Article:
Justin Strine had a dream of becoming an officer in the Army. He joined the Penn State Army ROTC to help him with his goal to become a pilot, like his father. He wanted to continue a military legacy, much like many of his family members held before him.
On the night of November 9, 2011, he and a few of his roommates headed downtown after the news broke that Joe Paterno was fired from his post as football coach. He found himself with the mob of people flooding Beaver Avenue, headed towards one of the news vans parked on the street.
All he did was put his hands on the hood of that van, and moments later, it flipped. Huffington Post reported that when Strine put his hands on the hood of the WTAJ van, it was enough to charge him with felony counts of rioting, as well as criminal mischief charges.
He himself did not push, but pleaded guilty. Pleading guilty led him a 30-day jail sentence, a suspension lasting one semester and he had his felony reduced to a misdemeanor. Until 2015, he will also be either on probation or on parole.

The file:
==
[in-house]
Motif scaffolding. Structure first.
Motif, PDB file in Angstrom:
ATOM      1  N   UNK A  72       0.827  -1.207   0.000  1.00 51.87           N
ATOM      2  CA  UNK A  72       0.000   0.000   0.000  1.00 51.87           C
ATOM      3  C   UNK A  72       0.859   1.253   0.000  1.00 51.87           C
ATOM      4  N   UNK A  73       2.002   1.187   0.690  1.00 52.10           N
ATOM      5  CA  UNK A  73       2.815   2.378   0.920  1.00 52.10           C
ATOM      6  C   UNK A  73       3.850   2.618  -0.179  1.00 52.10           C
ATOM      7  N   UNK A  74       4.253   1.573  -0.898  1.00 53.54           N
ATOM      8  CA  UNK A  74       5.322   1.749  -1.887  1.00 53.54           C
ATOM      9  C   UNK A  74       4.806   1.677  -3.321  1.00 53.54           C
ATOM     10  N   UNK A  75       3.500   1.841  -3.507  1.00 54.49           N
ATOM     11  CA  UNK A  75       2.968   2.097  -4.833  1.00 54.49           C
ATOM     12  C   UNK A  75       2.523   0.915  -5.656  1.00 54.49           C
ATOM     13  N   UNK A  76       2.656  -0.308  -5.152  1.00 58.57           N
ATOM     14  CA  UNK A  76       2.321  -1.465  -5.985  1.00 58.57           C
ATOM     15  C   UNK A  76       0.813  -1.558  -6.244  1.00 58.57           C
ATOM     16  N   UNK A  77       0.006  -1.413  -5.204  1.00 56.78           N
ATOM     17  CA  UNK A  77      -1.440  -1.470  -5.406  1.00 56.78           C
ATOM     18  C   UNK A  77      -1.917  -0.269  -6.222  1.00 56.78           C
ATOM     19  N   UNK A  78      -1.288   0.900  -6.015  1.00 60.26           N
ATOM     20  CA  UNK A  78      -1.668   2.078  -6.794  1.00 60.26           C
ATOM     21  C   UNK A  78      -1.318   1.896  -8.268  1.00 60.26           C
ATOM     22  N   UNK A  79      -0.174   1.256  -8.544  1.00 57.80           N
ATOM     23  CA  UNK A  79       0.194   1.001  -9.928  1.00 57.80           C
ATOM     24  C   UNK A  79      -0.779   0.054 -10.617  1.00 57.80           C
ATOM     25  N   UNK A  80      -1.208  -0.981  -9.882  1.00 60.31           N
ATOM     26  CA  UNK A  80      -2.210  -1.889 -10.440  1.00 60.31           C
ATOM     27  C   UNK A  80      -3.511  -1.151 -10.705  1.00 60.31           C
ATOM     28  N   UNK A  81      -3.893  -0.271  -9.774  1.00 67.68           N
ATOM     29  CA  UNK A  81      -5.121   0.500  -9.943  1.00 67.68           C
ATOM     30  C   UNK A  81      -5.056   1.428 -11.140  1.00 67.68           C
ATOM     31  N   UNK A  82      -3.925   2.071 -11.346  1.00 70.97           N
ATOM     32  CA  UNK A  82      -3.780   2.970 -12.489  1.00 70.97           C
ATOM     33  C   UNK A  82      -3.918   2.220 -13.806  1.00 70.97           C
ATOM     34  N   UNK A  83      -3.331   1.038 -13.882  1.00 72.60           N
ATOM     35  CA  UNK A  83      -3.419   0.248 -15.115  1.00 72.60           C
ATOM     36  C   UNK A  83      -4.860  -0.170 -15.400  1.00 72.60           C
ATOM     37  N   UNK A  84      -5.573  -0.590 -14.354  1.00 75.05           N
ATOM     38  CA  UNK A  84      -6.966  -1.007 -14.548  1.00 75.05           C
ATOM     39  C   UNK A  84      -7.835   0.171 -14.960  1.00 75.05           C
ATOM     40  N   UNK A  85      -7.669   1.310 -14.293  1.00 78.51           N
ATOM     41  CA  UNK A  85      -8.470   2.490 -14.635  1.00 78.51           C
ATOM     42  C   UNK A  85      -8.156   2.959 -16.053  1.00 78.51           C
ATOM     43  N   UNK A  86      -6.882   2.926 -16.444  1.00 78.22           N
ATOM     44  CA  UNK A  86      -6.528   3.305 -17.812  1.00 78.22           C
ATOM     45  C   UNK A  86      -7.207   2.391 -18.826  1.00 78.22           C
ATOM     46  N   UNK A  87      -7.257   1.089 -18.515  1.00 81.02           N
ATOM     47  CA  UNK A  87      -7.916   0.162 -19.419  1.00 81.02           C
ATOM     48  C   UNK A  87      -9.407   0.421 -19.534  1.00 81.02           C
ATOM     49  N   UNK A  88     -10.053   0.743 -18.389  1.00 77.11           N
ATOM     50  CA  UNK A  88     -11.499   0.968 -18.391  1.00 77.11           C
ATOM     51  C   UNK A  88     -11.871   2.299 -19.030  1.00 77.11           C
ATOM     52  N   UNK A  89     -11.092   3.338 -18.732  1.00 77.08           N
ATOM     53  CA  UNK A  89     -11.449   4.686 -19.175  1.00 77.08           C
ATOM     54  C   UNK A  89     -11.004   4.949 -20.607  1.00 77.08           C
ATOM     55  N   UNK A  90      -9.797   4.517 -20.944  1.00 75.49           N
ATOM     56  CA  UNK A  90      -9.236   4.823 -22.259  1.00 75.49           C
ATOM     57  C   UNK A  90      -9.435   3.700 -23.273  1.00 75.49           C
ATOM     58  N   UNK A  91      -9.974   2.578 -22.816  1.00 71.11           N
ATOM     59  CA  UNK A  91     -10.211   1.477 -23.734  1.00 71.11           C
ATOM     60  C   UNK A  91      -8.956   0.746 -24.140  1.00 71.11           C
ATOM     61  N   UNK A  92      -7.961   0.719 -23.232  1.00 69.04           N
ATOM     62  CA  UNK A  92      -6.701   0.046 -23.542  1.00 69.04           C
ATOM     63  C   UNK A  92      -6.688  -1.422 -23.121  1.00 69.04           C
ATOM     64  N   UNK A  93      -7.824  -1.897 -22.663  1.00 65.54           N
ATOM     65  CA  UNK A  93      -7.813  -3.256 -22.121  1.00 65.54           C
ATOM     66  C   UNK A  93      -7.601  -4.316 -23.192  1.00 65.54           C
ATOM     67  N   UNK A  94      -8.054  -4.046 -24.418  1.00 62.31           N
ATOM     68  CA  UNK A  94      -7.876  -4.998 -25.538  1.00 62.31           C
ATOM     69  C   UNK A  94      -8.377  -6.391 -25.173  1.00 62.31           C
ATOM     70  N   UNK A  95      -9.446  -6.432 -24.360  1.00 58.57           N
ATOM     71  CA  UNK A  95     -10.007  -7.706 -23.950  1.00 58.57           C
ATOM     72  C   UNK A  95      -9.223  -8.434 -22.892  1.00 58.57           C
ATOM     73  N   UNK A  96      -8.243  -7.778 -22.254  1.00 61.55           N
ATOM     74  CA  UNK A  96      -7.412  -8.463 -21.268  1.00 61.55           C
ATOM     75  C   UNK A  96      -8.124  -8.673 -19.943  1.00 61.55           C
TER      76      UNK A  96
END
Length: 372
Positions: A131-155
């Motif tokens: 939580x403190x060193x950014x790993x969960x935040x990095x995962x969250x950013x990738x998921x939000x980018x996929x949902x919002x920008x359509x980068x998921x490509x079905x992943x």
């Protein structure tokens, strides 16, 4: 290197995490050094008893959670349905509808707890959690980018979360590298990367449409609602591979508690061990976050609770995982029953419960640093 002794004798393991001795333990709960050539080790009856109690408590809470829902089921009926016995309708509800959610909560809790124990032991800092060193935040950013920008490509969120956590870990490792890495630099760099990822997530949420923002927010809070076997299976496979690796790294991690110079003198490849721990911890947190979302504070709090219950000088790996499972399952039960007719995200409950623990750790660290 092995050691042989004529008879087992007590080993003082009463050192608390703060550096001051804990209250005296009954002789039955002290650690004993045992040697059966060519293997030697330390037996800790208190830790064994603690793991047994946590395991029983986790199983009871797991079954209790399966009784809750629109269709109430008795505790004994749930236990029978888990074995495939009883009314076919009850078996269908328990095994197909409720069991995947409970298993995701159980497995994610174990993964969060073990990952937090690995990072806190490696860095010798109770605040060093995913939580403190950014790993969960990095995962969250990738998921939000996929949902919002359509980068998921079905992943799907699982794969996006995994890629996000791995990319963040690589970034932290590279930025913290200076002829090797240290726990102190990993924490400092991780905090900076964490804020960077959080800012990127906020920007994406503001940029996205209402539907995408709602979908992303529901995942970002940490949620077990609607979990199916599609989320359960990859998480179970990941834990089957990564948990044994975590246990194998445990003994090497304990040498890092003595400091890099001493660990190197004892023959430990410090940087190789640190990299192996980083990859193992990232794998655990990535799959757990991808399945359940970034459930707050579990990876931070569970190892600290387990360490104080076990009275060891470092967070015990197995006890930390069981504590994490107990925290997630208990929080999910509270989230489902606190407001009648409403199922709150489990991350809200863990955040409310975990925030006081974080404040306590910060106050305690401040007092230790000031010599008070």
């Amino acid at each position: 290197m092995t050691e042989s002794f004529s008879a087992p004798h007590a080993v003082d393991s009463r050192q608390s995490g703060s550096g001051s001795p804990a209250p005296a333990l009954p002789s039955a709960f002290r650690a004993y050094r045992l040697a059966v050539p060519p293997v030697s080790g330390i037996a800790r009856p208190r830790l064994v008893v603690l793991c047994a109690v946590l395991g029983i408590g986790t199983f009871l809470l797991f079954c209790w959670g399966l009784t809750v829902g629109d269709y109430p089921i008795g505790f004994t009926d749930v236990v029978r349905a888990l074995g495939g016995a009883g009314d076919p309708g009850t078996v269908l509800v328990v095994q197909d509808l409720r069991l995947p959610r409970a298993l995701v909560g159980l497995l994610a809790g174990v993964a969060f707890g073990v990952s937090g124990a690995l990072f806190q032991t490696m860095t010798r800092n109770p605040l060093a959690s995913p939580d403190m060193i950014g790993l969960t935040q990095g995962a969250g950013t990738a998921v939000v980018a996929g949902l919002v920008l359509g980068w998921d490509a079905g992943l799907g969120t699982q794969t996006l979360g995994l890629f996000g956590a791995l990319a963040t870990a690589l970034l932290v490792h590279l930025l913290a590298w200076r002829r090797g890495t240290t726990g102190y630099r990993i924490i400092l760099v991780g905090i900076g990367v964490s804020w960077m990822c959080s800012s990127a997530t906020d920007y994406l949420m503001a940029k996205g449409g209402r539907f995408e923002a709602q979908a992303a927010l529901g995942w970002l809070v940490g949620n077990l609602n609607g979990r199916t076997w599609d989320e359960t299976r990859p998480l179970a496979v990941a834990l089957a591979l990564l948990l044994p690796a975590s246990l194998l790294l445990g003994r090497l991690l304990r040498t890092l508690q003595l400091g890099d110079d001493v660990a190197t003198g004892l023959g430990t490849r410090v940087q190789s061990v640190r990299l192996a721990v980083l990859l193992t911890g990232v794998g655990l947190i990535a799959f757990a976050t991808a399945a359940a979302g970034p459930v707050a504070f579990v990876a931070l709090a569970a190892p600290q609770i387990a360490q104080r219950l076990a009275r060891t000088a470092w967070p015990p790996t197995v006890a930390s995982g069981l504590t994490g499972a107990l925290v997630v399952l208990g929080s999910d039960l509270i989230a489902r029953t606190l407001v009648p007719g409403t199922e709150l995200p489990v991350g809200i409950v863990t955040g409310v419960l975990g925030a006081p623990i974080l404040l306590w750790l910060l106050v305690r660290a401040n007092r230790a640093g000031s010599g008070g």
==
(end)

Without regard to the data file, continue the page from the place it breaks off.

“No one ever looked at me as an individual. They looked at me as 5,000 Penn State rioters,” he said to Huffington Post.
His charges were also enough to get him kicked out of the ROTC program, and he will have to pay back $34,000 in scholarship money. This is on top of the $8,500 he owes in court costs and fines.
If he were officially in the Army, his guilty plea would be very similar to a discharge in lieu of a court-martial. The military holds its members to a higher standing, one where rioting and giving their alma mater a bad name or reputation is unheard of.
Strine is only human. He made a big mistake. A big mistake that cost him the chance to carry on his family’s military legacy.